Her fame was so globally recognised that Australia’s most famous composer ~ Percy Grainger accompanied her on tour as part of her entourage & not vice versa! The famous Australian painter, Tom Roberts also painted her portrait which still hangs in the National Gallery, Canberra.

On May 20th, 1910, at the height of the British Empire rule, the Sovereign King Edward VII passed away. It was Ada that the royal family chose as the Soloist to sing at his funeral. Even though the Archbishop of Canterbury had previously chosen Ada as the principal vocalist for the Anglican Church of the United Kingdom, this was a royal request. This was one of the most prominent events of its time. Over 1 million people came to view the funeral procession. 11 carriages of the ruling heads of state of the world followed the funeral carriage. During the service, Ada performed to over 9 sovereign head of state, who ruled over most of the known world, 36 crown princes and other territorial heads of state – the Pacific, Asia and the Middle East, including President Roosevelt from the USA; and accompanied by hundreds of military regiments.

On April 14th, 1912, the HMS Titanic sank on its maiden voyage from Southport, UK to New York, USA, carrying 2208 passengers of which only 1503 survived. On that voyage were 8 bandmembers, chosen to play the hits of the day for the passenger’s entertainment. On that night, after hitting the iceberg, these brave men picked up their instruments and played songs from their repertoire when everyone else were rushing to the lifeboats.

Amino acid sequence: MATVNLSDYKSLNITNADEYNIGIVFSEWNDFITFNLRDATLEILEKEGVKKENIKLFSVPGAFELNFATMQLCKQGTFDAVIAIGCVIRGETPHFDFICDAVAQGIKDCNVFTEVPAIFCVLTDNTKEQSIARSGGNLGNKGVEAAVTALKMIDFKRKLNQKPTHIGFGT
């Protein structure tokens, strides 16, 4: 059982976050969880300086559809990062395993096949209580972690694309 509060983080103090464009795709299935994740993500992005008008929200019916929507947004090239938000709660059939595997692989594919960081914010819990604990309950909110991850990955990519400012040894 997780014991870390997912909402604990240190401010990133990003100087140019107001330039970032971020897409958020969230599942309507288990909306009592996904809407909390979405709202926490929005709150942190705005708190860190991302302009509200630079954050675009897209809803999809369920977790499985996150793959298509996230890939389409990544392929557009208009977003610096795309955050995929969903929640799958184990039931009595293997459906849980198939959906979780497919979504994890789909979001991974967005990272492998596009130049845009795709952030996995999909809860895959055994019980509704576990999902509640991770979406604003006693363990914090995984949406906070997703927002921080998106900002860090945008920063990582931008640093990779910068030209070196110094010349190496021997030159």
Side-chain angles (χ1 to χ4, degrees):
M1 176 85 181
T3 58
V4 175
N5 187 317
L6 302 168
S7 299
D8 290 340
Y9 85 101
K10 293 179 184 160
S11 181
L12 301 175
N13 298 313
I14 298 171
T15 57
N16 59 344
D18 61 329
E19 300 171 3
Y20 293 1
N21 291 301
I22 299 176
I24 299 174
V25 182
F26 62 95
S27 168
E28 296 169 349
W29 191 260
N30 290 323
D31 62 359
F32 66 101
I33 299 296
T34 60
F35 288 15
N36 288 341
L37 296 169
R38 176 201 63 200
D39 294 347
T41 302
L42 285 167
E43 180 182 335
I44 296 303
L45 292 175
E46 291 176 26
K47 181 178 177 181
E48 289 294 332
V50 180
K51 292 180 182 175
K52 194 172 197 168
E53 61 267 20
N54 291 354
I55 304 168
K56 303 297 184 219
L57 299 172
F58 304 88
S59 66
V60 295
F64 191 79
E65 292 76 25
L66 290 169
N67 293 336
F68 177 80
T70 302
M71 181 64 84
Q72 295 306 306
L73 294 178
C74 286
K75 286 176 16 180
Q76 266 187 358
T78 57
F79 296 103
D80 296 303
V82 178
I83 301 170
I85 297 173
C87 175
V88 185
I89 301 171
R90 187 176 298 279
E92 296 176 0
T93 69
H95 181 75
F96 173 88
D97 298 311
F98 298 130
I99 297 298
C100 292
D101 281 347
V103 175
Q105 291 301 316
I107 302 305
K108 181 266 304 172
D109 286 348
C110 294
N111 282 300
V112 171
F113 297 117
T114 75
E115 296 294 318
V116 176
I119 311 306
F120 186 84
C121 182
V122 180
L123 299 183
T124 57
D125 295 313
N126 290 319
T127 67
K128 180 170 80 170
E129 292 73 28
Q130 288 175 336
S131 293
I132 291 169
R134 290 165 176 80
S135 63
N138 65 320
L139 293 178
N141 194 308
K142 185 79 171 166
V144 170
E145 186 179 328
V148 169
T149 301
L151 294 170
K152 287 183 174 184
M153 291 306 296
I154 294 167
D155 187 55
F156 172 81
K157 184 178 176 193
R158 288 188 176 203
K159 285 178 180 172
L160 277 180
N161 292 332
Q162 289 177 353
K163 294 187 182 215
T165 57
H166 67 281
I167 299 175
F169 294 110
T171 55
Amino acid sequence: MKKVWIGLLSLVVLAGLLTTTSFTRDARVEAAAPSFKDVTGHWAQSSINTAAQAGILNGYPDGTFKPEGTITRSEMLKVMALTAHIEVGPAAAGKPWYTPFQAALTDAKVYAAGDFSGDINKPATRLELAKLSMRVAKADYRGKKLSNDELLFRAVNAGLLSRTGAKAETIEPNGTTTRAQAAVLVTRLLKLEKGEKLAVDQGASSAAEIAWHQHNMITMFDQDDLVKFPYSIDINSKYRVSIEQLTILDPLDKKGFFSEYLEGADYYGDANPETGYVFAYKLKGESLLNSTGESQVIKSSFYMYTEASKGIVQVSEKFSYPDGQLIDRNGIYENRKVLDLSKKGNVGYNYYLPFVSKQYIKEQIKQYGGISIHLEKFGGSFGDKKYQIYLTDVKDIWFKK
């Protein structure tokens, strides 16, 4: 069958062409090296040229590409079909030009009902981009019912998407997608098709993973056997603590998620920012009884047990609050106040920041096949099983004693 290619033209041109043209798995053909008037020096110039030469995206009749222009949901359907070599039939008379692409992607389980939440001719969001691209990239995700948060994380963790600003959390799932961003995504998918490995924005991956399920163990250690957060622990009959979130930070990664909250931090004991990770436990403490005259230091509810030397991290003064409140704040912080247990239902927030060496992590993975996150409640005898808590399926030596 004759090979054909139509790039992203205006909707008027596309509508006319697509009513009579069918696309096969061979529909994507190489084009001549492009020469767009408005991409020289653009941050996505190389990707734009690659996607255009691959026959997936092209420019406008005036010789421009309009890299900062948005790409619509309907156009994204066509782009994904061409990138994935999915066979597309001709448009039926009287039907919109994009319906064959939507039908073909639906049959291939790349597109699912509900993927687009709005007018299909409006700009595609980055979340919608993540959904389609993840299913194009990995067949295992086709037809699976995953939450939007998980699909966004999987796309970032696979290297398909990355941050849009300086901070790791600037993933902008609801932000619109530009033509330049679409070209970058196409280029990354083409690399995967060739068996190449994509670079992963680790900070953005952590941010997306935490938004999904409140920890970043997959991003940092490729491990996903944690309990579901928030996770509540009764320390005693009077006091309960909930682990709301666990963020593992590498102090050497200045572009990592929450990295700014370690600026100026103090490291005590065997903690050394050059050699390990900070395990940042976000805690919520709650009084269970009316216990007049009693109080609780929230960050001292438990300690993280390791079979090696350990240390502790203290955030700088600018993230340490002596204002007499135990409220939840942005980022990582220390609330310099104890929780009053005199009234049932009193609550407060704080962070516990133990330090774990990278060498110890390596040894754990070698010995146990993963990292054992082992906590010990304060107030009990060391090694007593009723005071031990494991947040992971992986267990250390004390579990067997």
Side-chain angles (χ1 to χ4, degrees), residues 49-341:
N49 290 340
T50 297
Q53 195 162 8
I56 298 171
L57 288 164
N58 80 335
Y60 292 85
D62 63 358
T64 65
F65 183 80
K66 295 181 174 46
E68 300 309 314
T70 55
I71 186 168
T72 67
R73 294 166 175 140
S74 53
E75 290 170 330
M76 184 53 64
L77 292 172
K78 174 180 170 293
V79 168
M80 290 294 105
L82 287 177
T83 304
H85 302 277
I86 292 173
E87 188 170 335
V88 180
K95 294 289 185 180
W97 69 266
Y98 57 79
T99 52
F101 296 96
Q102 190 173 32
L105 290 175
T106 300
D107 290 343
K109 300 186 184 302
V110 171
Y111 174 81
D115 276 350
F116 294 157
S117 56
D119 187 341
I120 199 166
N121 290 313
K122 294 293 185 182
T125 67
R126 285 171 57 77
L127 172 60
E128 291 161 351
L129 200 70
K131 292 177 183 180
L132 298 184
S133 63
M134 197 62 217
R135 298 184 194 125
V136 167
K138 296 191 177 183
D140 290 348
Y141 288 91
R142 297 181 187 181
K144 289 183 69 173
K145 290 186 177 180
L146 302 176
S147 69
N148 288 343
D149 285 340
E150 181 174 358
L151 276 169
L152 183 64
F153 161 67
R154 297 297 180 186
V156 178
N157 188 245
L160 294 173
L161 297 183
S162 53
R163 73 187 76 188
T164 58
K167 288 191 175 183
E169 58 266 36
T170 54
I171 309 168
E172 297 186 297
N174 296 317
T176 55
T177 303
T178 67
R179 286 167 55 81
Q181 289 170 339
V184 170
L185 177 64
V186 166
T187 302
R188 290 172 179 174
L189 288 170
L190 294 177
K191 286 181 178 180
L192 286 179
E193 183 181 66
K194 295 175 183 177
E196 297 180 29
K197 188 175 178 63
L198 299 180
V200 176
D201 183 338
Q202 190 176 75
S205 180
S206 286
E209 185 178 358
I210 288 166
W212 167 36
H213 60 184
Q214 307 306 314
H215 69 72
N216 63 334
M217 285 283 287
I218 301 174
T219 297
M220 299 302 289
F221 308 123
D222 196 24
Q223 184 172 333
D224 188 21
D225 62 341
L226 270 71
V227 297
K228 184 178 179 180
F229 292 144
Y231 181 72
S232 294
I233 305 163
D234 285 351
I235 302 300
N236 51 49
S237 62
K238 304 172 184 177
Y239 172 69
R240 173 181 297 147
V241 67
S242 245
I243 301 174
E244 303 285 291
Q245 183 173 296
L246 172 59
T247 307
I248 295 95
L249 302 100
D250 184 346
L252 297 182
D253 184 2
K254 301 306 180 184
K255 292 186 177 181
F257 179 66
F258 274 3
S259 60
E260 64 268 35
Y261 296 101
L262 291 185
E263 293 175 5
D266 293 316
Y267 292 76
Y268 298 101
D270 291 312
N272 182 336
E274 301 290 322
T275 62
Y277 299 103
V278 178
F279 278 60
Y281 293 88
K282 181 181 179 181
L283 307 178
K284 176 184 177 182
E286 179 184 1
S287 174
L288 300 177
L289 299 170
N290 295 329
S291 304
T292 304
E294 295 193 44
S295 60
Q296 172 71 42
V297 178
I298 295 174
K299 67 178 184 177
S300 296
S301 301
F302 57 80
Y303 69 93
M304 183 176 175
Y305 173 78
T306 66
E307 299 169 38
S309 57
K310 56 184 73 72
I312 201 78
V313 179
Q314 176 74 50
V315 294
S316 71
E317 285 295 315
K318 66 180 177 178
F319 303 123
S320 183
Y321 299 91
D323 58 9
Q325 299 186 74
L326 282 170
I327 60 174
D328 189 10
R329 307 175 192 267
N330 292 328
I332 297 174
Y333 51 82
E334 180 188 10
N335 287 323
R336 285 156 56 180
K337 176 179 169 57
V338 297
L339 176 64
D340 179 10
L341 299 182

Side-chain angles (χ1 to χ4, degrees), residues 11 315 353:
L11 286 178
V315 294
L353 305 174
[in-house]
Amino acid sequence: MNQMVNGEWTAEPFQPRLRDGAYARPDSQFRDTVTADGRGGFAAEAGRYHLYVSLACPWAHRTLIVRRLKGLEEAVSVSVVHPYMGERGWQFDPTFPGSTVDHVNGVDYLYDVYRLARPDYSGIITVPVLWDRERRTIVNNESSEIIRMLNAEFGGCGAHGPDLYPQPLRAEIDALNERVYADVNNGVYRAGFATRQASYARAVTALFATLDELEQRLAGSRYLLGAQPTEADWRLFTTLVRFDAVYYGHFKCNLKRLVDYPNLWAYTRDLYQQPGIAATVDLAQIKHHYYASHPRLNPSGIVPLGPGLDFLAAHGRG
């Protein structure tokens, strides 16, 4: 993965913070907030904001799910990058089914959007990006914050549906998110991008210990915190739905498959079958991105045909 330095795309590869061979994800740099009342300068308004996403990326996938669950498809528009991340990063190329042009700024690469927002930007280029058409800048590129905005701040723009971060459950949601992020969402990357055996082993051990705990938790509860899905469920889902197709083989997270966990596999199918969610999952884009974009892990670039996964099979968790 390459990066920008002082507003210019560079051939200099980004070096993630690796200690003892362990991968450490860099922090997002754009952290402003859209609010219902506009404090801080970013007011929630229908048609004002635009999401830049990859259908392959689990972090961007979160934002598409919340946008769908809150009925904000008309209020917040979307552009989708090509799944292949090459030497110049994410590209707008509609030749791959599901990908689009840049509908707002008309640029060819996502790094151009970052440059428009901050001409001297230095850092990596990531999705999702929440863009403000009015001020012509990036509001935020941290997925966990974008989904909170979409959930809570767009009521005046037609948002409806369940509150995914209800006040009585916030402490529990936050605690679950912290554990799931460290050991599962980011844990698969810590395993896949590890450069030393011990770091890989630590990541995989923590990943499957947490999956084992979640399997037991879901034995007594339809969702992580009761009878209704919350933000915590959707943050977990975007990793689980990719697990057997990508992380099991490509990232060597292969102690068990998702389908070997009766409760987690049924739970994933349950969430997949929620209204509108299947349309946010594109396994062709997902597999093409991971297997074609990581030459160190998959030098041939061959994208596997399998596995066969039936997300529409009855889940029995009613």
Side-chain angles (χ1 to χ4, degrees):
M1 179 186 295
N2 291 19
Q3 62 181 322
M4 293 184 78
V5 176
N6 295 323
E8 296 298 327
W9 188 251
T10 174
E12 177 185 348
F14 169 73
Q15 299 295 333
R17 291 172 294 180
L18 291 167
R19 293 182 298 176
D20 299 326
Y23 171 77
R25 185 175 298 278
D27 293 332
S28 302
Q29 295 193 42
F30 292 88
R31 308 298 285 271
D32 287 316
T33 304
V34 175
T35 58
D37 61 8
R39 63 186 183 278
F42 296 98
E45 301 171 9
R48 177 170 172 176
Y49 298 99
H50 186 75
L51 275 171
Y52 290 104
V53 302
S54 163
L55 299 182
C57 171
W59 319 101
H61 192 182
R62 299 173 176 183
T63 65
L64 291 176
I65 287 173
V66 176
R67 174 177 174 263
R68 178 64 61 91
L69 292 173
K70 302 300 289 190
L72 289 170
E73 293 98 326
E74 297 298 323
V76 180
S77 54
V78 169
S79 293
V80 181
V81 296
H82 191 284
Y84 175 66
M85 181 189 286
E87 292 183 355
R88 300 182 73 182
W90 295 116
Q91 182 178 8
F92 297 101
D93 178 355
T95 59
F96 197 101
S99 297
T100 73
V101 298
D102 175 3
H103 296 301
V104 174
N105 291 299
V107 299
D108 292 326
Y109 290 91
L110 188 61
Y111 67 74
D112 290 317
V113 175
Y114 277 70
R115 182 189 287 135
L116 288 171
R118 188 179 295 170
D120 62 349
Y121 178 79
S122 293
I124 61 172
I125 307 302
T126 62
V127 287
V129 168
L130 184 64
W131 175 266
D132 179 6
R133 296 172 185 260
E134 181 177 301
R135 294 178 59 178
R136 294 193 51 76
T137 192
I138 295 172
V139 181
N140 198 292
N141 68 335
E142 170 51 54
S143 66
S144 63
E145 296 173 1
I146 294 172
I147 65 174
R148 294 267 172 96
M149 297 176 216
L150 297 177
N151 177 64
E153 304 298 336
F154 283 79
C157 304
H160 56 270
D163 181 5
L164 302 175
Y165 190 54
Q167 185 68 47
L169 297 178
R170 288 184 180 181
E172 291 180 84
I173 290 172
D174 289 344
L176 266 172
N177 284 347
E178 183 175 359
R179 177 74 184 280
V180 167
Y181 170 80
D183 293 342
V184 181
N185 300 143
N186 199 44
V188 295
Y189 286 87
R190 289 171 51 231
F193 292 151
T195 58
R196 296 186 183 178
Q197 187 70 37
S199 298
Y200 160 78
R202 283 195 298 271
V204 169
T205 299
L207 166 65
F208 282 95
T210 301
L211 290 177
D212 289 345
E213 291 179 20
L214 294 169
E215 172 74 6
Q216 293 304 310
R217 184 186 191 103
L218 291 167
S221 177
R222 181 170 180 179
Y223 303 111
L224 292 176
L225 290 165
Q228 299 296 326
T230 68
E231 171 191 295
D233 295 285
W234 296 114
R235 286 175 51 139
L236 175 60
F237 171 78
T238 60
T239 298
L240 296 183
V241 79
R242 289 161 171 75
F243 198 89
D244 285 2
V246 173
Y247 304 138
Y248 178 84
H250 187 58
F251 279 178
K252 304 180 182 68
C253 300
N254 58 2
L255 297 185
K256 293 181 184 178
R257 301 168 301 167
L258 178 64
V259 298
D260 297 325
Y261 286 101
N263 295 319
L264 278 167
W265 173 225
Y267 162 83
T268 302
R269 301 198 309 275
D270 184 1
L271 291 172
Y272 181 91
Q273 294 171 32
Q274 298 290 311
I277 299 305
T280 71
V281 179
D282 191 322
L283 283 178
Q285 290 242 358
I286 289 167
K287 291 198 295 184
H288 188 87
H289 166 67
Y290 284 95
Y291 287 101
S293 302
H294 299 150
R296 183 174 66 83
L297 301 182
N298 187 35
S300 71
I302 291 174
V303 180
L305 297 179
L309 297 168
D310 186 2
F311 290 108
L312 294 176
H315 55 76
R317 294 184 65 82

Survivors in the lifeboats agree the last song they heard played was ‘Nearer My God To Thee “ as the ship went down. It was recognised by survivors as a song made popular by Ada in her numerous world tours. This was corroborated by the discovery of the floating violin cases of the band leader – Wallace Hartley and 1st violinist, Jock Hulme at the foundering site. These cases contained the sheet music arranged by Lewis Carey and made famous by Ada. Ada was the only vocal soloist invited to perform at the Titanic Memorial Concert held a short time later- Empire Day, 24 May 1914 at Sir Royal Albert Hall.

This was a public holiday and huge crowds gathered in their thousands to watch and listen. This concert was made up of 7 conductors & 473 bandmembers of the best of the UK orchestras. She sang in front of 7,750 royalty, dignitaries and stewards. The afternoon ended with the auditorium: ‘Rising as one to reprise “Nearer My God To Thee”, the same song that Ada made famous and is thought that Wallace Hartley and his band were playing when the ship went down. Nearly all present were in tears.

Ada married an eminent throat specialist, Dr Francis Muecke, and revisited Australia in 1908-09, again with Grainger among her supporting artists. She continued to sing at charity concerts, especially during World War I. However, she started to withdraw from public life after this time.

Ada Crossley died on 17 October 1929 at Woodlands Park, Great Missenden, Buckinghamshire. After a memorial service at All Souls, Langham Place, she was buried in St Marylebone cemetery, East Finchley.